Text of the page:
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Read About Aggressive Dogs

All dogs have some level of aggression. From your dog's perspective, aggressive behavior is a perfectly valid method of communication.

Why are dogs aggressive? There are often different reasons. Some common ones include:

  1. Territorial Aggression Closely related to protective and possessive aggression. Territory can be a fairly loose description in your dog's eyes. If you regularly walk him around the block and he is urine marking along the way, he may well consider the entire block his. Protective aggression manifests when a dog feels that they need to shield his family. This often will show up when the dog does not feel that their owner(s) are not the alpha dogs in the pack. Possessive aggression occurs when a dog is protecting their food or toys. This can also show up when your dog filches from the trash and has decided that a particular tissue is important to them, especially for ripping up.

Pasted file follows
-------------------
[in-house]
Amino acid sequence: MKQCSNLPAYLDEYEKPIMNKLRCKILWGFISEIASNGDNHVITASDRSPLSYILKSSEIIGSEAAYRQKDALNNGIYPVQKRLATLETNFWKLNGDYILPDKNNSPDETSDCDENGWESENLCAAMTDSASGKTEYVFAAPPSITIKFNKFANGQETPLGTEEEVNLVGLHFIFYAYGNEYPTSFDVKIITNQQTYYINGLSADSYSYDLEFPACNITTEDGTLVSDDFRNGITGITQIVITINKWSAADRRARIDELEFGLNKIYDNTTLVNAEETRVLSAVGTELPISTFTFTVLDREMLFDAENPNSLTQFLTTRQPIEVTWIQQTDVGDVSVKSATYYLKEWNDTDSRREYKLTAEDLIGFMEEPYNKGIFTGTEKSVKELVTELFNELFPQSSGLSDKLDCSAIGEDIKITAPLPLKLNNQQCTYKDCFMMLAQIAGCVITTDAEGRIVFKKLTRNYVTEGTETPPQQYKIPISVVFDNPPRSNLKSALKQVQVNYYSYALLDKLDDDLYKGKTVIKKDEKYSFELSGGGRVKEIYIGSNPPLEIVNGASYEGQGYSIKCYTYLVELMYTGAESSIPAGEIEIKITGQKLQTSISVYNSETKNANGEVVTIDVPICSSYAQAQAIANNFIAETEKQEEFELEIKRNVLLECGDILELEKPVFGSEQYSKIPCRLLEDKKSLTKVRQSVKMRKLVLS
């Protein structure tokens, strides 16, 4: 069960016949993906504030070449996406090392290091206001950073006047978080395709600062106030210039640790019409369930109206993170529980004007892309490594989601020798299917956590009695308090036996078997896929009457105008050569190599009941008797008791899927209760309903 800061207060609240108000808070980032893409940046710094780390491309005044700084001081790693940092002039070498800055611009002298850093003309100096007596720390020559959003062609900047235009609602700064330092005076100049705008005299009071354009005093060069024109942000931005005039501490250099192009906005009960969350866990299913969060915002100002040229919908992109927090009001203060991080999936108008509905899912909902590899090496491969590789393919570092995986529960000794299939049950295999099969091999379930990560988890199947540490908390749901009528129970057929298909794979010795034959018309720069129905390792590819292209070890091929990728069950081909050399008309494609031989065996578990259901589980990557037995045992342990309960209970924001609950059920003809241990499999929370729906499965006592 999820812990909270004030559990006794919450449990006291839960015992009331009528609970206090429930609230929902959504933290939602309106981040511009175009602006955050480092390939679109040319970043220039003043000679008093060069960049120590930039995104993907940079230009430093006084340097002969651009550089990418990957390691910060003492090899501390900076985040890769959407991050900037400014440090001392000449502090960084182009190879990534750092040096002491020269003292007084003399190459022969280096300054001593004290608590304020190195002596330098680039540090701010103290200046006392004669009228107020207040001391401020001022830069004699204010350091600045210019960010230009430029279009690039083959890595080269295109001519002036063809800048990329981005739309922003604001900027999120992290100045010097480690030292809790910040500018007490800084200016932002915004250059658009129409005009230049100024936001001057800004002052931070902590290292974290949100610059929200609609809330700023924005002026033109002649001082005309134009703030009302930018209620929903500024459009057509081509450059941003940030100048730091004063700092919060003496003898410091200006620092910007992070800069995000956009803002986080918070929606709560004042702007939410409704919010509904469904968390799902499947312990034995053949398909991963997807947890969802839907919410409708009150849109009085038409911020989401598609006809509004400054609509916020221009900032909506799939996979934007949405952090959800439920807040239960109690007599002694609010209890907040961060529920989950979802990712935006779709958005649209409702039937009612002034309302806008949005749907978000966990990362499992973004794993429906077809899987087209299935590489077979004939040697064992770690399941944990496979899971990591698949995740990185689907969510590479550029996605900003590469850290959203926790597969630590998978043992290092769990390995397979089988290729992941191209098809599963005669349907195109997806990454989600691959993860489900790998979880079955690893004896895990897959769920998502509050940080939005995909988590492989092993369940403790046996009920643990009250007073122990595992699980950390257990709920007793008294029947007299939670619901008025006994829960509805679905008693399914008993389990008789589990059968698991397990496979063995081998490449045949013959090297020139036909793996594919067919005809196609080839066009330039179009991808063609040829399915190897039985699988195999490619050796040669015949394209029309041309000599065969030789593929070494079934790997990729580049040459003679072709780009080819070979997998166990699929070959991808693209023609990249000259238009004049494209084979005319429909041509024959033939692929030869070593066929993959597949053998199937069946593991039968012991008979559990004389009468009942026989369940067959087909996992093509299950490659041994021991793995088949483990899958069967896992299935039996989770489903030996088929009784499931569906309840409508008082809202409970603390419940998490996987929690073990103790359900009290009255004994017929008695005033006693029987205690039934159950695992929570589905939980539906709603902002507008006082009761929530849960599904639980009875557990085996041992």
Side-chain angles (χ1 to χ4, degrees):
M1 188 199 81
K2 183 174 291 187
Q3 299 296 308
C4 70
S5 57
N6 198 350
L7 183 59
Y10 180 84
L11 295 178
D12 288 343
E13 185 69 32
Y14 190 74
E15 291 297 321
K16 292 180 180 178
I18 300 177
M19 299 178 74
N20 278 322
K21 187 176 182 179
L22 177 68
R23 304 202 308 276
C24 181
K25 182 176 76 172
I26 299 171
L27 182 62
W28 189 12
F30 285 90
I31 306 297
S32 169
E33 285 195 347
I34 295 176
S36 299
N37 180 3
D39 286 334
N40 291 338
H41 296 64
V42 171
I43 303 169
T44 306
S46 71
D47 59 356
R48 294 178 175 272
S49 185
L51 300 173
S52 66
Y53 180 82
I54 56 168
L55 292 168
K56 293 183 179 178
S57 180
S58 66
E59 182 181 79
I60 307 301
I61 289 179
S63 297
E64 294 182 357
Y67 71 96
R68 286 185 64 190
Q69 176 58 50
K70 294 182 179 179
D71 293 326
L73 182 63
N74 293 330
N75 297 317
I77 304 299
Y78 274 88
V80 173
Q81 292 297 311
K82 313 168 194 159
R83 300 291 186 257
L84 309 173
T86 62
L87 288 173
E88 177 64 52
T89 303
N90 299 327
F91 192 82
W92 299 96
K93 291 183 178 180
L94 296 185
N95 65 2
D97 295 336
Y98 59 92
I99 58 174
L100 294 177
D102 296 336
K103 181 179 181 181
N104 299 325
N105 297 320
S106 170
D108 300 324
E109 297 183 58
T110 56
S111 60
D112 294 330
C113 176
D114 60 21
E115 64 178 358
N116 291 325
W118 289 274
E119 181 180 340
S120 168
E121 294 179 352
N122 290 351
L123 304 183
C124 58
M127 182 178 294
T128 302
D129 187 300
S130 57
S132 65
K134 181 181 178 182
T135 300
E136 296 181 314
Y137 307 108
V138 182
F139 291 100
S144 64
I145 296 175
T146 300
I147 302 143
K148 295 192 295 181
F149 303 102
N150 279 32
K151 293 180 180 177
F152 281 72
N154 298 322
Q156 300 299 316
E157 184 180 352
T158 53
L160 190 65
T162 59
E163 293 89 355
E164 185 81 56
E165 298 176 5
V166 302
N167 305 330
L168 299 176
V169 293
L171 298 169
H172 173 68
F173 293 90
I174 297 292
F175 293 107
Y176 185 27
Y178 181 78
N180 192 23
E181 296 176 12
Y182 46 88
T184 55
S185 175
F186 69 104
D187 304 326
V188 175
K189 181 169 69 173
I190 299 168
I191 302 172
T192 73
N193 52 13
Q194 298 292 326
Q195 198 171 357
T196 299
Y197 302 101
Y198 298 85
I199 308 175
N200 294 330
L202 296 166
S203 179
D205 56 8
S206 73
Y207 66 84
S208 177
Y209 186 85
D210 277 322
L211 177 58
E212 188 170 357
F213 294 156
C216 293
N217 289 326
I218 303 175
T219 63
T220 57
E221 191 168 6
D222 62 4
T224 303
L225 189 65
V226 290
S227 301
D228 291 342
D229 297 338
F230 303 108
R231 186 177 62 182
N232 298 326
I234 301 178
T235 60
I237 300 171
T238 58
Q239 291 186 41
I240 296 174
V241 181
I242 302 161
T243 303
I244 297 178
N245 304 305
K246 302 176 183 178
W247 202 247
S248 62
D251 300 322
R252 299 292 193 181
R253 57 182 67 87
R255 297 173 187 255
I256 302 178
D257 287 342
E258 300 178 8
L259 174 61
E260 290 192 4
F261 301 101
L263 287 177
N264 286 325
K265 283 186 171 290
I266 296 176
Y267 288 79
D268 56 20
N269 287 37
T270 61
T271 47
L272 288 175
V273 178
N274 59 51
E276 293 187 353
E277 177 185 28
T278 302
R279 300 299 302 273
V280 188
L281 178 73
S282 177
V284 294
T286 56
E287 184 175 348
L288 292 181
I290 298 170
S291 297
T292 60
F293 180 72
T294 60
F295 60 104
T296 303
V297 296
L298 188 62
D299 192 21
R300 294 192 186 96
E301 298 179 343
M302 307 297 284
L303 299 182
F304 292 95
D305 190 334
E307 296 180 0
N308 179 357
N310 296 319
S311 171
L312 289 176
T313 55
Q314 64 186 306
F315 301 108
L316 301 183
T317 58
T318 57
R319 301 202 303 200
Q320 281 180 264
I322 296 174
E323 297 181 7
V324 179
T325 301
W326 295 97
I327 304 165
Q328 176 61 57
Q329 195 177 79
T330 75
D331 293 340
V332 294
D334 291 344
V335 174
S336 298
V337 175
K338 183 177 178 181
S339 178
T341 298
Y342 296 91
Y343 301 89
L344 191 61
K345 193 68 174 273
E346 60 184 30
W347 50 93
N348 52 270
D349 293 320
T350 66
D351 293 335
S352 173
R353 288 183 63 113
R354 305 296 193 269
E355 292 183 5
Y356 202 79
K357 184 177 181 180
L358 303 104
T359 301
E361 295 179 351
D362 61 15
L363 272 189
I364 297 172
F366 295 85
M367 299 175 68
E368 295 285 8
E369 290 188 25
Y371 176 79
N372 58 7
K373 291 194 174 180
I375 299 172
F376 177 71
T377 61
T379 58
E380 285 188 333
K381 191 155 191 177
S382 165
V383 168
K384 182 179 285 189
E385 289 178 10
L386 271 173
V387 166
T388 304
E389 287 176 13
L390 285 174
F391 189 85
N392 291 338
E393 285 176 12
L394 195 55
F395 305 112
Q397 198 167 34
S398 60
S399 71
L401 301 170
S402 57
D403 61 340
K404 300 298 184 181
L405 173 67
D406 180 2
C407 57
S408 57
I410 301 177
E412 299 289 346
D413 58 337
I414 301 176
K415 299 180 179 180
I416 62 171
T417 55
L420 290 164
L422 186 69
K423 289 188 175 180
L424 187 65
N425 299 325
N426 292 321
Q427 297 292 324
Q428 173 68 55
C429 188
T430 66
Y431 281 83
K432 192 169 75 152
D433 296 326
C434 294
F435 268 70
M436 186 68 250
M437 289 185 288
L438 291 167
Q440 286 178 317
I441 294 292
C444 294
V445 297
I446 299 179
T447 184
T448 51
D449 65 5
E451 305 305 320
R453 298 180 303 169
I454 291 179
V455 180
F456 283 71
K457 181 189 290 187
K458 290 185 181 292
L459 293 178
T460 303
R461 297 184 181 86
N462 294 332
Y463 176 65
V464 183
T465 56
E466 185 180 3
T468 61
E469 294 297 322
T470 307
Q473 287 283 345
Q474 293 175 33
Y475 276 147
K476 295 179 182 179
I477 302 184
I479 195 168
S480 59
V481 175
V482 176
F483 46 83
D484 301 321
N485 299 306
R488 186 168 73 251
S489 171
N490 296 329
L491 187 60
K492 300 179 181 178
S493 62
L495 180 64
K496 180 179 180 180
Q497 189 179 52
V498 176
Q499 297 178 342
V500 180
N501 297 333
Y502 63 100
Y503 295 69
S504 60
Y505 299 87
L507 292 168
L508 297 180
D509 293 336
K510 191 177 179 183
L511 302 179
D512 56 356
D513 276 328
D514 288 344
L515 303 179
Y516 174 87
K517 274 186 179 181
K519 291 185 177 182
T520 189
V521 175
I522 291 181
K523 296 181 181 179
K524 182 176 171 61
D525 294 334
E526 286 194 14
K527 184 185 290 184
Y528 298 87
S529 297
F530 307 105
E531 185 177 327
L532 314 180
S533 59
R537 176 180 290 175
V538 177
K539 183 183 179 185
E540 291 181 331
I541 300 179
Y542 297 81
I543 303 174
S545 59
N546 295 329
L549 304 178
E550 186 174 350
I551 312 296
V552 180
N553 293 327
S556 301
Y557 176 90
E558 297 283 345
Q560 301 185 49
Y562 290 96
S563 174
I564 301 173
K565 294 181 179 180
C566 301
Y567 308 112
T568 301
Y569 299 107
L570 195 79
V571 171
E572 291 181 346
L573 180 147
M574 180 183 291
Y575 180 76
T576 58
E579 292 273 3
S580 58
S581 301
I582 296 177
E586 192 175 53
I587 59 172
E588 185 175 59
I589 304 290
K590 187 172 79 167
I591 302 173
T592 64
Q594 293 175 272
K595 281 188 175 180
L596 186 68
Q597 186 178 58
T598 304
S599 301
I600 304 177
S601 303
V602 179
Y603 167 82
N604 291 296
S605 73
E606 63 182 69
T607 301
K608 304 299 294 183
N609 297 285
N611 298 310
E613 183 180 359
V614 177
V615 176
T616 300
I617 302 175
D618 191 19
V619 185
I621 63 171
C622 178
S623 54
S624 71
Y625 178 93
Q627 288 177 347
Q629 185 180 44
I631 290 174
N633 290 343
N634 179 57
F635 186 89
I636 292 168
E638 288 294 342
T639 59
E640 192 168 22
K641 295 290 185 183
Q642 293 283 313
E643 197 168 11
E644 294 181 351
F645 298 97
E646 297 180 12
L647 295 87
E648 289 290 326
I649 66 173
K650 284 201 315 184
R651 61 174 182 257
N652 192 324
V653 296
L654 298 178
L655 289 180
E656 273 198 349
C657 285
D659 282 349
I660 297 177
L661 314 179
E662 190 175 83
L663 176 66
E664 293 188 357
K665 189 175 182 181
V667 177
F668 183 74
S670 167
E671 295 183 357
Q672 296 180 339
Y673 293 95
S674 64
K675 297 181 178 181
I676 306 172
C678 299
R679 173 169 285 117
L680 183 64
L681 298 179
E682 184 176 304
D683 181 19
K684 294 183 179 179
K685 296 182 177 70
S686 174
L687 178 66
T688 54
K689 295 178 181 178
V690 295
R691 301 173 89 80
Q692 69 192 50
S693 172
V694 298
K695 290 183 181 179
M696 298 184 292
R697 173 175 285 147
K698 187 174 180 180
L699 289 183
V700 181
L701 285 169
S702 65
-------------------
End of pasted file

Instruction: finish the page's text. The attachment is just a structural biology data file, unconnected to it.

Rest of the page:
2. Redirected Aggression Many sources give an example of this slightly puzzling behavior: two family dogs are together, and both see a strange dog beyond the fence or out the window. Because they can't attack the stranger, they attack each other. This classic example of redirected aggression seems to be the dogs not having any other outlet for their aggressive instincts.
  3. Fear Aggression This aggression is, on the face of it, easy to diagnose. Your dog feels threatened and gets aggressive. What is a little more complex is that your dog may well go from a specific fear response to a generalized fear. For example, if your dog was bitten once, any other dog may inspire fear-motivated aggressive behavior.
  4. There are other reasons for aggression, but there is one primary solution to most aggressive behavior - establishing your dominance over your dog. Unless your dog, aggressive or not, understands that you are in charge of his pack, you will never successfully control its behavior.